TRANSIENT HEAT
CONDUCTION
T
he temperature of a body, in general, varies with time as well
as position. In rectangular coordinates, this variation is expressed as
T
(
x
,
y
,
z
,
t
), where (
x
,
y
,
z
) indicates variation in the
x
,
y
, and
z
directions,
respectively, and
t
indicates variation with time. In the preceding chapter, we
considered heat conduction under
steady
conditions, for which the tempera
ture of a body at any point does not change with time. This certainly simpli
fied the analysis, especially when the temperature varied in one direction only,
and we were able to obtain analytical solutions. In this chapter, we consider
the variation of temperature with
time
as well as
position
in one and multi
dimensional systems.
We start this chapter with the analysis of
lumped systems
in which the tem
perature of a solid varies with time but remains uniform throughout the solid
at any time. Then we consider the variation of temperature with time as well
as position for onedimensional heat conduction problems such as those asso
ciated with a large plane wall, a long cylinder, a sphere, and a semiinfinite
medium using
transient temperature charts
and analytical solutions. Finally,
we consider transient heat conduction in multidimensional systems by uti
lizing the
product solution.
209
CHAPTER
4
CONTENTS
4–1
Lumped Systems Analysis
210
4–2
Transient Heat Conduction
in Large Plane Walls, Long
Cylinders, and Spheres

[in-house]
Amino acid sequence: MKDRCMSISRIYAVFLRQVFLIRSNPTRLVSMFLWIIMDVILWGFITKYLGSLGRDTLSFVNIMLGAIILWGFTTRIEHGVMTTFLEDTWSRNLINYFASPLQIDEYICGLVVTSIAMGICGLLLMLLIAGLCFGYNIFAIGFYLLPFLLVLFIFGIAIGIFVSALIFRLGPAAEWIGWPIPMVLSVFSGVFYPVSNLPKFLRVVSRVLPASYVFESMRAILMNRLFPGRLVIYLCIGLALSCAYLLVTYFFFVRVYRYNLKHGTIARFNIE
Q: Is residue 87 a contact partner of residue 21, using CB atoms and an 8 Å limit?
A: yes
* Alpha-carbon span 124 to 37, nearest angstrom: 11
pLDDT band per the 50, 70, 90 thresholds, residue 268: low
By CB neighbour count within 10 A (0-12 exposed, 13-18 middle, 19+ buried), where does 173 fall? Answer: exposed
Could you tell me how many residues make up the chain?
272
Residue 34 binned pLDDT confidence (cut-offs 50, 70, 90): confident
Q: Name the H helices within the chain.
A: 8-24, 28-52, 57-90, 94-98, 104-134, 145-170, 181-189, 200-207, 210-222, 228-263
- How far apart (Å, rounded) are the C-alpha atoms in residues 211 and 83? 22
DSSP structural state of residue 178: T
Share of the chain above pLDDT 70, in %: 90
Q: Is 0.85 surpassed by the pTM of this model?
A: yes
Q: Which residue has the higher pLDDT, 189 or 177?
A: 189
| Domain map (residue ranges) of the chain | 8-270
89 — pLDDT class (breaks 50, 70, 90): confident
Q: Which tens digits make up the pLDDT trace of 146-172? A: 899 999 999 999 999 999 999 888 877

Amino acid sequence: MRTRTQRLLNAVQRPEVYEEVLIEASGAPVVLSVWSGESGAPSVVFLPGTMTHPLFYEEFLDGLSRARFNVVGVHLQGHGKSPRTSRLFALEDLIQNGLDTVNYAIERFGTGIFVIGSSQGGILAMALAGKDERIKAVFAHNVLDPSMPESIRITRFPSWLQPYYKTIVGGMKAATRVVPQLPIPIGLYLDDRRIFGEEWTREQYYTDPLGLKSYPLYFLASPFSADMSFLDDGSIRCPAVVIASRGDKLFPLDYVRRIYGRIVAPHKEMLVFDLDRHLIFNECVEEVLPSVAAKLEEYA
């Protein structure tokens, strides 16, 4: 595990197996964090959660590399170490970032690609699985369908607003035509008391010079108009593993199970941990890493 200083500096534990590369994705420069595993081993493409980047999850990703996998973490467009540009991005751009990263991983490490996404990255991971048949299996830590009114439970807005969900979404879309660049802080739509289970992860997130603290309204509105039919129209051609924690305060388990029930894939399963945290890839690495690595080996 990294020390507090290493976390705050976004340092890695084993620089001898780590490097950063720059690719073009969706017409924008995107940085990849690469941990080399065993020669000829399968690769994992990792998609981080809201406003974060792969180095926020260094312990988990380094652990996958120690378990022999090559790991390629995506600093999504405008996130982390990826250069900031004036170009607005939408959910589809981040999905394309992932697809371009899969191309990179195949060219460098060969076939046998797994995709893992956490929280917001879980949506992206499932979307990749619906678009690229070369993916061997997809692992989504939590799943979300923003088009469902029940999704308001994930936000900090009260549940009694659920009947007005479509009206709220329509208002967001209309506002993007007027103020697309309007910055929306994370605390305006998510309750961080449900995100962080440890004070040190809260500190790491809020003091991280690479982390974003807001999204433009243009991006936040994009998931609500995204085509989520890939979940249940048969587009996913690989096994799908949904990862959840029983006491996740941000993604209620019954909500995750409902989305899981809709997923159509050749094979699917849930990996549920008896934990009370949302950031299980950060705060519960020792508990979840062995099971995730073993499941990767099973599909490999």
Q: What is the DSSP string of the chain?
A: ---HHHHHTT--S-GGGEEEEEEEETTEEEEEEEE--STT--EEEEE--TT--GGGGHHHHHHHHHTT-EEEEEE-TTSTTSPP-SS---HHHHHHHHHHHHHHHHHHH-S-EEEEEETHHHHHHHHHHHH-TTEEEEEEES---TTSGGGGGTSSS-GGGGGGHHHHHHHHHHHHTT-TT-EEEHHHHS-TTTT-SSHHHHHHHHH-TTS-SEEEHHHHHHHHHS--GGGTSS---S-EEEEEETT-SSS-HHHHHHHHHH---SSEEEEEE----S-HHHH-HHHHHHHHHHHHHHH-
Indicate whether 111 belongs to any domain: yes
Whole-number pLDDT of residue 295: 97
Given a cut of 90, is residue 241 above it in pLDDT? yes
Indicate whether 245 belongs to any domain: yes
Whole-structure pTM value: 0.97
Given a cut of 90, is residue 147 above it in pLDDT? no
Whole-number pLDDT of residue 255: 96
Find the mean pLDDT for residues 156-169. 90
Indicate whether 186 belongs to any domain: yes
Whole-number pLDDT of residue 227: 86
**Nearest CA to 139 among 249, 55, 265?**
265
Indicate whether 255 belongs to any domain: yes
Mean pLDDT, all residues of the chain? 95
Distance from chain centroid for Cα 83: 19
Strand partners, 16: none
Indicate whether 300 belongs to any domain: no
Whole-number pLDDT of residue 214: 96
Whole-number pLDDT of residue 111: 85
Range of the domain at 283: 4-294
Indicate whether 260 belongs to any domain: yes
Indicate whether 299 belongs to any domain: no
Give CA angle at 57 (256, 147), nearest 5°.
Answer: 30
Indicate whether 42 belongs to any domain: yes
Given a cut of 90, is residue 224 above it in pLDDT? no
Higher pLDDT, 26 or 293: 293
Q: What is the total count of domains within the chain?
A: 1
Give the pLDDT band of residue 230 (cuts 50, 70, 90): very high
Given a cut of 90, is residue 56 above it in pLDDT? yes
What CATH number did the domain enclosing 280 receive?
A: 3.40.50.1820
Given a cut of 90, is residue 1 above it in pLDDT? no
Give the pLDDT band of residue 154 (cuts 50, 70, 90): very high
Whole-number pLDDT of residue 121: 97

with Spatial Effects
216
4–3
Transient Heat Conduction
in SemiInfinite Solids
228
4–4
Transient Heat Conduction in
Multidimensional Systems
231
Topic of Special Interest:
Refrigeration and
Freezing of Foods
239
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Page 209
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4–1
LUMPED SYSTEM ANALYSIS
In heat transfer analysis, some bodies are observed to behave like a “lump”
whose interior temperature remains essentially uniform at all times during a
heat transfer process. The temperature of such bodies can be taken to be a
function of time only,
T
(
t
). Heat transfer analysis that utilizes this idealization
is known as
lumped system analysis,
which provides great simplification
in certain classes of heat transfer problems without much sacrifice from
accuracy.
Consider a small hot copper ball coming out of an oven (Fig. 4–1). Mea
surements indicate that the temperature of the copper ball changes with time,
but it does not change much with position at any given time. Thus the tem
perature of the ball remains uniform at all times, and we can talk about the
temperature of the ball with no reference to a specific location.
Now let us go to the other extreme and consider a large roast in an oven. If
you have done any roasting, you must have noticed that the temperature dis
tribution within the roast is not even close to being uniform. You can easily
verify this by taking the roast out before it is completely done and cutting it in
half. You will see that the outer parts of the roast are well done while the cen
ter part is barely warm. Thus, lumped system analysis is not applicable in this
case. Before presenting a criterion about applicability of lumped system
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 Spring '10
 Ghaz
 Heat Transfer, TI

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